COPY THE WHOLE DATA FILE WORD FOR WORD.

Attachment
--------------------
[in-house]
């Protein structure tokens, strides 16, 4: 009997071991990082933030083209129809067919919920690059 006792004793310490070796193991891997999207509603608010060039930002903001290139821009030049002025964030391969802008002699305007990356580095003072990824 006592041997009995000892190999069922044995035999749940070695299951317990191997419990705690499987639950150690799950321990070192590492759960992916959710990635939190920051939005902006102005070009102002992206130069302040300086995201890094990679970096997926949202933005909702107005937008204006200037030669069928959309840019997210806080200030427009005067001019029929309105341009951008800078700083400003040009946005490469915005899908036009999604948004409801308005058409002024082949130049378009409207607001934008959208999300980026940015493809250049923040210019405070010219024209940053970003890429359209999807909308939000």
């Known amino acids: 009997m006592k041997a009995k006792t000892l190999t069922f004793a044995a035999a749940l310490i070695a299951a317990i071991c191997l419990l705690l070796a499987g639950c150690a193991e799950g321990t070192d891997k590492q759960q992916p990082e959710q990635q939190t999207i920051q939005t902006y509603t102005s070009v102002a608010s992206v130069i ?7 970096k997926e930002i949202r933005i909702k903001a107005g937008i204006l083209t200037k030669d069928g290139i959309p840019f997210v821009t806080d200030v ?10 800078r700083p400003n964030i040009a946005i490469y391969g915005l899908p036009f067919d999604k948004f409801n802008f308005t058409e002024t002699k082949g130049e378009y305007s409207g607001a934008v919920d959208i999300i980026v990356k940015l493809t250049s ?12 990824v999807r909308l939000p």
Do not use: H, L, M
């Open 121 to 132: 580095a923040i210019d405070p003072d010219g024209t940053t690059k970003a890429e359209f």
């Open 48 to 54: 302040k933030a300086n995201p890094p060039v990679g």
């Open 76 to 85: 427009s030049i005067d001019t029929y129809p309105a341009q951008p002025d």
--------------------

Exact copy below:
[in-house]
């Protein structure tokens, strides 16, 4: 009997071991990082933030083209129809067919919920690059 006792004793310490070796193991891997999207509603608010060039930002903001290139821009030049002025964030391969802008002699305007990356580095003072990824 006592041997009995000892190999069922044995035999749940070695299951317990191997419990705690499987639950150690799950321990070192590492759960992916959710990635939190920051939005902006102005070009102002992206130069302040300086995201890094990679970096997926949202933005909702107005937008204006200037030669069928959309840019997210806080200030427009005067001019029929309105341009951008800078700083400003040009946005490469915005899908036009999604948004409801308005058409002024082949130049378009409207607001934008959208999300980026940015493809250049923040210019405070010219024209940053970003890429359209999807909308939000």
């Known amino acids: 009997m006592k041997a009995k006792t000892l190999t069922f004793a044995a035999a749940l310490i070695a299951a317990i071991c191997l419990l705690l070796a499987g639950c150690a193991e799950g321990t070192d891997k590492q759960q992916p990082e959710q990635q939190t999207i920051q939005t902006y509603t102005s070009v102002a608010s992206v130069i ?7 970096k997926e930002i949202r933005i909702k903001a107005g937008i204006l083209t200037k030669d069928g290139i959309p840019f997210v821009t806080d200030v ?10 800078r700083p400003n964030i040009a946005i490469y391969g915005l899908p036009f067919d999604k948004f409801n802008f308005t058409e002024t002699k082949g130049e378009y305007s409207g607001a934008v919920d959208i999300i980026v990356k940015l493809t250049s ?12 990824v999807r909308l939000p």
Do not use: H, L, M
């Open 121 to 132: 580095a923040i210019d405070p003072d010219g024209t940053t690059k970003a890429e359209f």
């Open 48 to 54: 302040k933030a300086n995201p890094p060039v990679g």
């Open 76 to 85: 427009s030049i005067d001019t029929y129809p309105a341009q951008p002025d």